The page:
• September 10, 2019-KB4516070 (OS Build 10240.18333)
  • August 17, 2019-KB4517276 (OS Build 10240.18308)
  • August 13, 2019-KB4512497 (OS Build 10240.18305)
  • July 9, 2019-KB4507458 (OS Build 10240.18275)
  • June 11, 2019-KB4503291 (OS Build 10240.18244)
  • May 19, 2019-KB4505051 (OS Build 10240.18218)
  • May 14, 2019-KB4499154 (OS Build 10240.18215)
  • April 25, 2019-KB4498375 (OS Build 10240.18187)
  • April 9, 2019-KB4493475 (OS Build 10240.18186)
  • March 12, 2019-KB4489872 (OS Build 10240.18158)
  • February 21, 2019-KB4491101 (OS Build 10240.18135)
  • February 12, 2019-KB4487018 (OS Build 10240.18132)
  • January 8, 2019-KB4480962 (OS Build 10240.18094)
  • December 19, 2018-KB4483228 (OS Build 10240.18064)
  • December 11, 2018-KB4471323 (OS Build 10240.18063)
  • November 13, 2018-KB4467680 (OS Build 10240.18036)
  • October 9, 2018-KB4462922 (OS Build 10240.18005)
  • September 11, 2018-KB4457132 (OS Build 10240.17976)
  • August 14, 2018—KB4343892 (OS Build 10240.17946)
  • July 16, 2018—KB4345455 (OS Build 10240.17918)
  • July 10, 2018—KB4338829 (OS Build 10240.17914)
  • June 12, 2018—KB4284860 (OS Build 10240.17889)
  • May 8, 2018—KB4103716 (OS Build 10240.17861)
  • April 10, 2018—KB4093111 (OS Build 10240.17831)
  • March 13, 2018—KB4088786 (OS Build 10240.17797)
  • February 13, 2018—KB4074596 (OS Build 10240.17770)
  • January 31, 2018—KB4077735 (OS Build 10240.17741)
  • January 18, 2018—KB4075199 (OS Build 10240.17741)
  • January 3, 2018—KB4056893 (OS Build 10240.17738)
  • December 12, 2017—KB4053581 (OS Build 10240.17709)
  • November 14, 2017—KB4048956 (OS Build 10240.17673)
  • October 10, 2017—KB4042895 (OS Build 10240.17643)
  • September 12, 2017—KB4038781 (OS Build 10240.17609)
  • August 8, 2017—KB4034668 (OS Build 10240.17533)
  • July 11, 2017—KB4025338 (OS Build 10240.17488)
  • June 27, 2017—KB4032695 (OS Build 10240.17446)
  • June 13, 2017—KB4022727 (OS Build 10240.17443)
  • May 9, 2017—KB4019474 (OS Build 10240.17394)
  • April 11, 2017—KB4015221 (OS Build 10240.17354)
  • March 22, 2017—KB4016637 (OS Build 10240.17320)
  • March 14, 2017—KB4012606 (OS Build 10240.17319)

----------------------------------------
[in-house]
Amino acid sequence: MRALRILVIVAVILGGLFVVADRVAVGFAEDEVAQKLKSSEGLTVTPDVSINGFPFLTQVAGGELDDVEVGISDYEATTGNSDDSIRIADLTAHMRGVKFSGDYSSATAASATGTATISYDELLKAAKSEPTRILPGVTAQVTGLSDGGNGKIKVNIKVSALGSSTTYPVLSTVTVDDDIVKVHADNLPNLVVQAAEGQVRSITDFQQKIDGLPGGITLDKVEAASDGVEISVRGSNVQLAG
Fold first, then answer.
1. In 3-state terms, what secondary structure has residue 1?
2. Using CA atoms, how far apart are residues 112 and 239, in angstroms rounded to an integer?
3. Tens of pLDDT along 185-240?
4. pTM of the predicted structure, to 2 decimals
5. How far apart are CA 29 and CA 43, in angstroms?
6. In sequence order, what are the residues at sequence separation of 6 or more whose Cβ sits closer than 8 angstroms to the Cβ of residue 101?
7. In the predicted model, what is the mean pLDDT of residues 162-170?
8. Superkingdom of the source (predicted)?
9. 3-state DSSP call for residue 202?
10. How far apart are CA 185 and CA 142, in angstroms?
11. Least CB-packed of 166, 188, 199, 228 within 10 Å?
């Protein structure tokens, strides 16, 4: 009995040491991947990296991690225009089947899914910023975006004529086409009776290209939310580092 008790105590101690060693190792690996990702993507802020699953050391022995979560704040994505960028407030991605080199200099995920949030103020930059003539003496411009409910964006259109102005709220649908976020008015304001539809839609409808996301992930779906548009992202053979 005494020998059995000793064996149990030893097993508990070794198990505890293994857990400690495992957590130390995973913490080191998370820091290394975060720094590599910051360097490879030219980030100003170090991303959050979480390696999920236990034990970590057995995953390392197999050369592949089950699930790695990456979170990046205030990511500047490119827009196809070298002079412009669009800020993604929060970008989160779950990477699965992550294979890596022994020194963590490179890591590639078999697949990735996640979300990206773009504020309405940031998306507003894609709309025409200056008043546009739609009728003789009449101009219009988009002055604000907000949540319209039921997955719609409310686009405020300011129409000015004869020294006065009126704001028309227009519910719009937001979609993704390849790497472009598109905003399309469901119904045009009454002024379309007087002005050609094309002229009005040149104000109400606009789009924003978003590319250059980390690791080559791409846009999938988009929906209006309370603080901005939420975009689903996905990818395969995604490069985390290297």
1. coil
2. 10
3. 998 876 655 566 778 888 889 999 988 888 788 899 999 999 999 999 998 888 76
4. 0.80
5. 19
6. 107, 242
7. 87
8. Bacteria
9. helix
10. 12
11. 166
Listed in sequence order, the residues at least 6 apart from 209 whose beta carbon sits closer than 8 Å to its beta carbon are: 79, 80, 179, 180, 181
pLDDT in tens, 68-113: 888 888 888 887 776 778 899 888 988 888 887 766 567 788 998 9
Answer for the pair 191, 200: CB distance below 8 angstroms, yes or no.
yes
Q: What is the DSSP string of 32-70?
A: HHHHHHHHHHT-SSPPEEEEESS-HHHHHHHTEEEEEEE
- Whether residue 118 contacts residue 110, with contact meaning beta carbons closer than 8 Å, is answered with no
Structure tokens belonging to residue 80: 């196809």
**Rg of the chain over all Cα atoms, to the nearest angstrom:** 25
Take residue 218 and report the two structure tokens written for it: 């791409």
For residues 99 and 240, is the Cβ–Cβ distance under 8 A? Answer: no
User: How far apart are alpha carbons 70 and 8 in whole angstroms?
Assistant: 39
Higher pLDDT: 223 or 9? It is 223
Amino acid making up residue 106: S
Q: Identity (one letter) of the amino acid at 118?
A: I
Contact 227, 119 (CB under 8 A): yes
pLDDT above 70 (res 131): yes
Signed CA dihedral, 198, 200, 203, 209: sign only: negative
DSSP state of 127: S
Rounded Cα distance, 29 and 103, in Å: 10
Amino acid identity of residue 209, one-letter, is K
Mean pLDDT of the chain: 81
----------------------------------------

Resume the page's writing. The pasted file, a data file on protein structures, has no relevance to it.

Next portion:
• January 10, 2017—KB3210720 (OS Build 10240.17236)
  • December 13, 2016 — KB3205383 (OS Build 10240.17202)
  • November 8, 2016 — KB3198585 (OS Build 10240.17190)
  • October 11, 2016 — KB3192440 (OS Build 10240.17146)
  • September 20, 2016 — KB3193821 (OS Build 10240.17113)
  • September 13, 2016 — KB3185611 (OS Build 10240.17113)
  • August 9, 2016 — KB3176492 (OS Build 10240.17071)
  • July 12, 2016 — KB3163912 (OS Build 10240.17024)
  • June 14, 2016 — KB3163017 (OS Build 10240.16942)
  • May 10, 2016 — KB3156387 (OS Build 10240.16854)
  • April 12, 2016 — KB3147461 (OS Build 10240.16769)
  • March 8, 2016 — KB3140745 (OS Build 10240.16725)
  • February 9, 2016 — KB3135174 (OS Build 10240.16683)

book review of zero fail

Release Date:

OS Builds 19044.3803 and 19045.3803

11/16/23 IMPORTANT Because of minimal operations during the Western holidays and the upcoming new year, there won’t be a non-security preview release for the month of December 2023. There will be a monthly security release for December 2023. Normal monthly servicing for both security and non-security preview releases will resume in January 2024. 

For information about Windows update terminology, see the article about the  types of Windows updates  and the  monthly quality update types . For an overview of Windows 10, version 22H2, see its  update history page . 

Note  Follow  @WindowsUpdate  to find out when new content is published to the Windows release health dashboard.

This update addresses security issues for your Windows operating system. 


Note  To view the list of addressed issues, click or tap the OS name to expand the collapsible section.

Windows 10, version 22H2

Important:  Use EKB  KB5015684 to update to Windows 10, version 22H2.

This security update includes quality improvements. Key changes include: 

This build includes all the improvements from the supported Windows 10, version 21H2 editions.

No additional issues are documented for this release. 

Windows 10, version 21H2 editions: Windows 10 Enterprise and Education, Windows 10 IoT Enterprise, and Windows 10 Enterprise multi-session

Important:  Use EKB  KB5003791 to update to Windows 10, version 21H2 on supported editions.

This security update includes quality improvements that were a part of update  KB5032278  (released November 30, 2023). When you install this KB:

This update makes miscellaneous security improvements to internal OS functionality. No additional issues were documented for this release.

If you installed earlier updates, only the new updates contained in this package will be downloaded and installed on your device.  

For more information about security vulnerabilities, please refer to the new Security Update Guide website and the December 2023 Security Updates . 

Windows 10 servicing stack update - 19044.3745 and 19045.3745

This update makes quality improvements to the servicing stack, which is the component that installs Windows updates. Servicing stack updates (SSU) ensure that you have a robust and reliable servicing stack so that your devices can receive and install Microsoft updates.

Known issues in this update

How to get this update.

Before installing this update

Microsoft now combines the latest servicing stack update (SSU) for your operating system with the latest cumulative update (LCU). For general information about SSUs, see Servicing stack updates  and  Servicing Stack Updates (SSU): Frequently Asked Questions .